Posted by on April 28, 2017

Comment by Limbani Eliya Nsapato

Edukans International, Country Representative for Malawi, Lilongwe

I would like to congratulate Priti Sharma for writing a lucid article which describes the importance of soft skills with special focus on the youth and the non-formal education system. I also congratulate the Society for Participatory Research in Asia (PRIA) for its efforts in bridging the gaps that exist today with regard to soft skills.

I wish to agree that the importance of soft skills cannot be overemphasised. This is based on evidence from various studies and conferences. For instance, in Malawi lack of soft skills or transferrable skills is considered one of the reasons why many graduates are unemployed (AFIDEP, 2016)). A study by Jones et al (2016) in Malawi also demonstrated that inspirational talk had a positive effect on HIV testing especially among males. A 2013 global study established that there was general consensus that soft skills are a powerful indicator of long-term success, with 85% success rate compared to 25% for hard skills (IYC, 2013). The same study also noted that new hires lacked communication skills and struggled with time management skills (organizational and prioritization skills) regardless of their level of education or position. In addition many entry-level employees lacked customer service and interpersonal skills, making collaboration with colleagues and problem-solving among team members difficult (IYC, 2013). The need for soft skills among youth was empathised in a study which showed that one of the reasons unemployment was higher among the youth was that they often lacked of skills (Yu, 2012). A study done in Benin, Senegal, Kenya and Burkina Faso, showed that employers preferred candidates who were better in soft skills (Results for Development, 2012).

In light of the evidence cited above it is imperative that soft skills should be taken seriously. At the same time, however, there is need to strike a balance between soft skills and hard skills, given that all employers look for a varying mix of non-cognitive or technical skills (depending on the sector) (Results for Development, 2012).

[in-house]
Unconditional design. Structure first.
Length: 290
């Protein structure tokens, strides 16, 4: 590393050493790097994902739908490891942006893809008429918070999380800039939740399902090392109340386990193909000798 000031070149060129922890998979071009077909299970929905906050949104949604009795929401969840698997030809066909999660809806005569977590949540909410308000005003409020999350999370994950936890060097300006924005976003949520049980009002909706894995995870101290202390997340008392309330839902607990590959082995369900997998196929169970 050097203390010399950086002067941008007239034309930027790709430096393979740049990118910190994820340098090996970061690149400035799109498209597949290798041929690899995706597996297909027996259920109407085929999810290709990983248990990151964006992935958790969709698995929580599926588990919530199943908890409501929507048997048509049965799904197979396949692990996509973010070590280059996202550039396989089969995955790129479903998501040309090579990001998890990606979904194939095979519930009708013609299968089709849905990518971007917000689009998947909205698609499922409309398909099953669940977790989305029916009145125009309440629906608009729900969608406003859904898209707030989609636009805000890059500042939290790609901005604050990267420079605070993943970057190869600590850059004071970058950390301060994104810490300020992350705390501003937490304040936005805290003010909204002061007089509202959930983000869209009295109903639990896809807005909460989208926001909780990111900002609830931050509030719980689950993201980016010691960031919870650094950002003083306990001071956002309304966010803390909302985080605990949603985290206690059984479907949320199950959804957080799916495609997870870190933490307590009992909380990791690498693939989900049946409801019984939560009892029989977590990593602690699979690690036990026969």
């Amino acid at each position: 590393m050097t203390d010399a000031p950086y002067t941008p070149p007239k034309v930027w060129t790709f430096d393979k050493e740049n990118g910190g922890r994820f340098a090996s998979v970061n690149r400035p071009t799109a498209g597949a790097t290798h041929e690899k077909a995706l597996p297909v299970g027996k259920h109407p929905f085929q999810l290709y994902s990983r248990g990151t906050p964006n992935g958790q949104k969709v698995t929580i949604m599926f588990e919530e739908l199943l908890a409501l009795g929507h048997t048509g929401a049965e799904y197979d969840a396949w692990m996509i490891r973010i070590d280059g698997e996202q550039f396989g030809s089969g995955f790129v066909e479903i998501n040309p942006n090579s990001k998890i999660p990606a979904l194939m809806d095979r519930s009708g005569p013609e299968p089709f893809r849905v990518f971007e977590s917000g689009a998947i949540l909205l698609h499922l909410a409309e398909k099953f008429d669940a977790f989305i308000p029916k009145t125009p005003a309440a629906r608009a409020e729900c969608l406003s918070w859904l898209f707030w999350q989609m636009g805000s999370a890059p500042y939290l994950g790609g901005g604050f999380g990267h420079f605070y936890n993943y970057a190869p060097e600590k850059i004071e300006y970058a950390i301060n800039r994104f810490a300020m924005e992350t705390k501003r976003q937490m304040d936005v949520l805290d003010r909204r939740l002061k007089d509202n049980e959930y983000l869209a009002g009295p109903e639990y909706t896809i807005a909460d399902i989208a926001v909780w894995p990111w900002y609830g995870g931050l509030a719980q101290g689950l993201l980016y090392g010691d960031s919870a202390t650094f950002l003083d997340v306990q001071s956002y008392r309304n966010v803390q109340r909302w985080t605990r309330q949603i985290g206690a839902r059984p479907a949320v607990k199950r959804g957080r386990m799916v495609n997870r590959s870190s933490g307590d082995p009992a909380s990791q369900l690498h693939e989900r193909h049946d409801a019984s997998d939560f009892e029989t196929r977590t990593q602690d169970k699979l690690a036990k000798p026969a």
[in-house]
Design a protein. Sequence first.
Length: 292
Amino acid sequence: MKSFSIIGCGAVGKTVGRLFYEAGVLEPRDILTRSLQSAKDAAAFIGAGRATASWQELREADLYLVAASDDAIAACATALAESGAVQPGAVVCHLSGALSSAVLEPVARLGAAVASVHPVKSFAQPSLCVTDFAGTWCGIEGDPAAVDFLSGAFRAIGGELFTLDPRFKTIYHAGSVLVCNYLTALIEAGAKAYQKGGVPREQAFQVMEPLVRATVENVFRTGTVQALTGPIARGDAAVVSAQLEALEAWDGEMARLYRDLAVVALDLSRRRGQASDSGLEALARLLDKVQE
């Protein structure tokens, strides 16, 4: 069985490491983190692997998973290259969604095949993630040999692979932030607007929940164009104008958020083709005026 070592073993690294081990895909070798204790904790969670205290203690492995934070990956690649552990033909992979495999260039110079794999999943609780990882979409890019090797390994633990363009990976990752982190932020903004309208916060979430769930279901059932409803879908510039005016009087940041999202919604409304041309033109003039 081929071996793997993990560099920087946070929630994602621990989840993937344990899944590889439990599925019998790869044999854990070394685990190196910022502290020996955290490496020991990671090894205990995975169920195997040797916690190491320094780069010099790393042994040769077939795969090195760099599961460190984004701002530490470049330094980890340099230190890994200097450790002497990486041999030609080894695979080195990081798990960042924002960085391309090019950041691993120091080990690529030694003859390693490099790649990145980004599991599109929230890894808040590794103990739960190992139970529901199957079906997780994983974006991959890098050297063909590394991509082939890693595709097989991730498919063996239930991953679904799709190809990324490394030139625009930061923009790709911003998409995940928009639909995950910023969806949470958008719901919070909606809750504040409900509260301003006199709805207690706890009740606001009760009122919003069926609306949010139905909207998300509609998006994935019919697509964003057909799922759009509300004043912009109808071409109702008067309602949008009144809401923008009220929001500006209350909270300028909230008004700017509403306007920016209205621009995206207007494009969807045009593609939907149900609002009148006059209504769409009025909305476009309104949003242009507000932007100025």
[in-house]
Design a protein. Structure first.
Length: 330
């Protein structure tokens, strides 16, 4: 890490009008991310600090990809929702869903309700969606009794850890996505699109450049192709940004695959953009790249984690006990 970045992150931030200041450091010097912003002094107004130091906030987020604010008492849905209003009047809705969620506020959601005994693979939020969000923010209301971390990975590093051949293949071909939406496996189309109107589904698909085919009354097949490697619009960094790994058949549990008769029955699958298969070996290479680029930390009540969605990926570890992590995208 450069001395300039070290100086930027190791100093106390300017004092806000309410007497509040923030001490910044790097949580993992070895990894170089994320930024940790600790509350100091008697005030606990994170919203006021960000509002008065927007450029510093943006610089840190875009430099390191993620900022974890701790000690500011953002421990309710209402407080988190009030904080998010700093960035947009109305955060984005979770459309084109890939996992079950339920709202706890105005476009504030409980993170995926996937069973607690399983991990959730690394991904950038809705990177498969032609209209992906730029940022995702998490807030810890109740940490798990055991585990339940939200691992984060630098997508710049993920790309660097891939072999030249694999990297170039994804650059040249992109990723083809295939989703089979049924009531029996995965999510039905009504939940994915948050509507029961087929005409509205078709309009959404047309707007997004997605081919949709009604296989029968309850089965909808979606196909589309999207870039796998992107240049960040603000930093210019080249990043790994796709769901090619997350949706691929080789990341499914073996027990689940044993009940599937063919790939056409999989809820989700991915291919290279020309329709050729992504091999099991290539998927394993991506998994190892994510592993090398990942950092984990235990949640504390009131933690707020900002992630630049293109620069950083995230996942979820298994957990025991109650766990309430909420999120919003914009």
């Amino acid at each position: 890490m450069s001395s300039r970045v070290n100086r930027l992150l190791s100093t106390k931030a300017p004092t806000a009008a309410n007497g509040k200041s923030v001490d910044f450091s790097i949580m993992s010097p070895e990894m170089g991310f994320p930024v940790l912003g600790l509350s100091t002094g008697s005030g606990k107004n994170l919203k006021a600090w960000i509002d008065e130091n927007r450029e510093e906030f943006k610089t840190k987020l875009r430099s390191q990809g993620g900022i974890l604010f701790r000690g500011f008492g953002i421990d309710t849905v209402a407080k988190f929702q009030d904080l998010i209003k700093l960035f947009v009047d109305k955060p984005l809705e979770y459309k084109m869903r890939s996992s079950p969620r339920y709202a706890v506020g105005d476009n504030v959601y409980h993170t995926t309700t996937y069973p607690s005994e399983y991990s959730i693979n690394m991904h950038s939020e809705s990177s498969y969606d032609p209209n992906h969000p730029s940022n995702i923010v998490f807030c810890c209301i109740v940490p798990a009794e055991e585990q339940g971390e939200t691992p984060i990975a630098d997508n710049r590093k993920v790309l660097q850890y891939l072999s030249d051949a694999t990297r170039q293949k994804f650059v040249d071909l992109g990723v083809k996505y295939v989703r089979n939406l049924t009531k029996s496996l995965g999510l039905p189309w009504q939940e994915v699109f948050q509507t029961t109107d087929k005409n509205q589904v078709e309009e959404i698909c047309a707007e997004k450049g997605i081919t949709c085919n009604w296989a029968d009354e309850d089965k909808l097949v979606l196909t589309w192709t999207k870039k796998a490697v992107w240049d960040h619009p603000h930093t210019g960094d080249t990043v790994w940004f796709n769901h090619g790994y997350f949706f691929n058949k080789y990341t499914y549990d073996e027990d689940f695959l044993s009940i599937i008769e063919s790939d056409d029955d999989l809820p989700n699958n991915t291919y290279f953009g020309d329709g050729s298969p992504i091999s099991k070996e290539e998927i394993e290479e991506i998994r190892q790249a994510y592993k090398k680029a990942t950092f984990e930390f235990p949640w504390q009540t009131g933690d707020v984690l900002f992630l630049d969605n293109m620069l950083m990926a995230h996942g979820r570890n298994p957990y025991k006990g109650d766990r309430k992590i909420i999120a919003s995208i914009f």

The demand for soft skills like in South East Asia is high even in Sub Saharan Africa, given the high illiteracy figures especially among older women and younger girls. A factsheet produced by UNESCO Institute of Statistics (UNESCO UIS) in 2016 showed that 26% of all illiterate adults lived in sub-Saharan Africa, second to South East Asia (51%). And that the GPI was 0.77 among adults and 0.86 among youth, representing the lowest in the world (UNESCO UIS, 2016). The challenge was more acute for the young people, who were not in education, employment or training (NEET) and lack the necessary soft skills—communication, teamwork and customer service—to qualify them for available jobs on the market (IYC, 2013).

I would like to say something about the scope of soft skills. I do agree that the range of skills to be promoted should include work ethics, attitude, communication skills, emotional intelligence and a whole host of other personal attributes such as  critical thinking, creativity and collaboration. In Africa we need a mix of this but more so the ethics and morals, critical thinking, and leadership given the high levels of corruption and conflict situations on the continent.  Corruption, especially, is robbing the continent of the hard earned cash needed for development. Estimates show that African countries annual lose at least $50 billion annually due to corruption and illicit financial flows ($148 billion a year (UNECA, 2015). The recent leadership impasse in the Gambia after the presidential election showed that there was need to foster leadership and governance skills among the people of Africa. Furthermore, Africa needs to invest more in entrepreneurship skills to address the high levels of unemployment on the continent and in critical thinking skills to question the often autocratic leaderships in many countries.  Thus, the nature and scope of soft skills taught among the youth and others should reflect the country context.